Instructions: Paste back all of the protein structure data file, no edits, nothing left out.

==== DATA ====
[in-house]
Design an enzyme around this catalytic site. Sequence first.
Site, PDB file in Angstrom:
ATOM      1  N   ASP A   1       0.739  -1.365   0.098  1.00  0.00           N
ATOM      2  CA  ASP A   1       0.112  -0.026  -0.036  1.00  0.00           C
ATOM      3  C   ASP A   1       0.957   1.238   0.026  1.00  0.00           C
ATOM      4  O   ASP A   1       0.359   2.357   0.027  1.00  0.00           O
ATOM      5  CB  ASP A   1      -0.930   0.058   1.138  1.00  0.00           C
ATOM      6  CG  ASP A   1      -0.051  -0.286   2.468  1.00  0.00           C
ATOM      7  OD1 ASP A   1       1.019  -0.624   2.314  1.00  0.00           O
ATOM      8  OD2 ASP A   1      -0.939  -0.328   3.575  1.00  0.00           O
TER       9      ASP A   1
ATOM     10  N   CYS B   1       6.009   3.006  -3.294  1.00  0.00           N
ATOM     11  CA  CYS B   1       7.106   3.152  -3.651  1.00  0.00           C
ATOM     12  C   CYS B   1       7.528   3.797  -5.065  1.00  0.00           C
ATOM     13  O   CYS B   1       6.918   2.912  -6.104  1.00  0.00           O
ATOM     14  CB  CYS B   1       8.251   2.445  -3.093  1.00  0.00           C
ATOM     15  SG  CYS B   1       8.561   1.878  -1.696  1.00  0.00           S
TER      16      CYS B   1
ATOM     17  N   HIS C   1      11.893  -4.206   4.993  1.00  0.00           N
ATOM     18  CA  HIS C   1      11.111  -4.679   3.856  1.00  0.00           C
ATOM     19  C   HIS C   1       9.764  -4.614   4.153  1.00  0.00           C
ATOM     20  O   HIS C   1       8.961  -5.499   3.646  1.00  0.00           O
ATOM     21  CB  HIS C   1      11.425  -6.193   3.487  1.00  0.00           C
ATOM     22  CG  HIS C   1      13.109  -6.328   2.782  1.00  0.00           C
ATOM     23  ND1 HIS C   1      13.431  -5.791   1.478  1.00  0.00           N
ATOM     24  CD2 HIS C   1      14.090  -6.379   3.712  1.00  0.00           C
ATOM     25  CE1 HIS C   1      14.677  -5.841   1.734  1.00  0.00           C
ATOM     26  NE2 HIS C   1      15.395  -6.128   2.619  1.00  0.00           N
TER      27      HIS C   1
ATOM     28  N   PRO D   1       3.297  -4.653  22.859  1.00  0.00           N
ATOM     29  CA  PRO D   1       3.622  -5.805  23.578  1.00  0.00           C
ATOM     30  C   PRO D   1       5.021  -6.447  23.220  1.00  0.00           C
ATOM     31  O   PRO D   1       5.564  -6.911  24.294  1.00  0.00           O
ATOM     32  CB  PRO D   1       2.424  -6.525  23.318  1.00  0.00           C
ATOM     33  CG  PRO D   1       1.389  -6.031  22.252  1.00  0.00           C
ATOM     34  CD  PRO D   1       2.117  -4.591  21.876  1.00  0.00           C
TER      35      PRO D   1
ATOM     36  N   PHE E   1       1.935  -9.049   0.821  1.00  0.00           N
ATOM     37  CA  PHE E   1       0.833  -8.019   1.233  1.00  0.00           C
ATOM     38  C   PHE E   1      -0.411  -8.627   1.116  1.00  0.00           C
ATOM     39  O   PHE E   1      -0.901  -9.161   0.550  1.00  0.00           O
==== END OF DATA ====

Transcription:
[in-house]
Design an enzyme around this catalytic site. Sequence first.
Site, PDB file in Angstrom:
ATOM      1  N   ASP A   1       0.739  -1.365   0.098  1.00  0.00           N
ATOM      2  CA  ASP A   1       0.112  -0.026  -0.036  1.00  0.00           C
ATOM      3  C   ASP A   1       0.957   1.238   0.026  1.00  0.00           C
ATOM      4  O   ASP A   1       0.359   2.357   0.027  1.00  0.00           O
ATOM      5  CB  ASP A   1      -0.930   0.058   1.138  1.00  0.00           C
ATOM      6  CG  ASP A   1      -0.051  -0.286   2.468  1.00  0.00           C
ATOM      7  OD1 ASP A   1       1.019  -0.624   2.314  1.00  0.00           O
ATOM      8  OD2 ASP A   1      -0.939  -0.328   3.575  1.00  0.00           O
TER       9      ASP A   1
ATOM     10  N   CYS B   1       6.009   3.006  -3.294  1.00  0.00           N
ATOM     11  CA  CYS B   1       7.106   3.152  -3.651  1.00  0.00           C
ATOM     12  C   CYS B   1       7.528   3.797  -5.065  1.00  0.00           C
ATOM     13  O   CYS B   1       6.918   2.912  -6.104  1.00  0.00           O
ATOM     14  CB  CYS B   1       8.251   2.445  -3.093  1.00  0.00           C
ATOM     15  SG  CYS B   1       8.561   1.878  -1.696  1.00  0.00           S
TER      16      CYS B   1
ATOM     17  N   HIS C   1      11.893  -4.206   4.993  1.00  0.00           N
ATOM     18  CA  HIS C   1      11.111  -4.679   3.856  1.00  0.00           C
ATOM     19  C   HIS C   1       9.764  -4.614   4.153  1.00  0.00           C
ATOM     20  O   HIS C   1       8.961  -5.499   3.646  1.00  0.00           O
ATOM     21  CB  HIS C   1      11.425  -6.193   3.487  1.00  0.00           C
ATOM     22  CG  HIS C   1      13.109  -6.328   2.782  1.00  0.00           C
ATOM     23  ND1 HIS C   1      13.431  -5.791   1.478  1.00  0.00           N
ATOM     24  CD2 HIS C   1      14.090  -6.379   3.712  1.00  0.00           C
ATOM     25  CE1 HIS C   1      14.677  -5.841   1.734  1.00  0.00           C
ATOM     26  NE2 HIS C   1      15.395  -6.128   2.619  1.00  0.00           N
TER      27      HIS C   1
ATOM     28  N   PRO D   1       3.297  -4.653  22.859  1.00  0.00           N
ATOM     29  CA  PRO D   1       3.622  -5.805  23.578  1.00  0.00           C
ATOM     30  C   PRO D   1       5.021  -6.447  23.220  1.00  0.00           C
ATOM     31  O   PRO D   1       5.564  -6.911  24.294  1.00  0.00           O
ATOM     32  CB  PRO D   1       2.424  -6.525  23.318  1.00  0.00           C
ATOM     33  CG  PRO D   1       1.389  -6.031  22.252  1.00  0.00           C
ATOM     34  CD  PRO D   1       2.117  -4.591  21.876  1.00  0.00           C
TER      35      PRO D   1
ATOM     36  N   PHE E   1       1.935  -9.049   0.821  1.00  0.00           N
ATOM     37  CA  PHE E   1       0.833  -8.019   1.233  1.00  0.00           C
ATOM     38  C   PHE E   1      -0.411  -8.627   1.116  1.00  0.00           C
ATOM     39  O   PHE E   1      -0.901  -9.161   0.550  1.00  0.00           O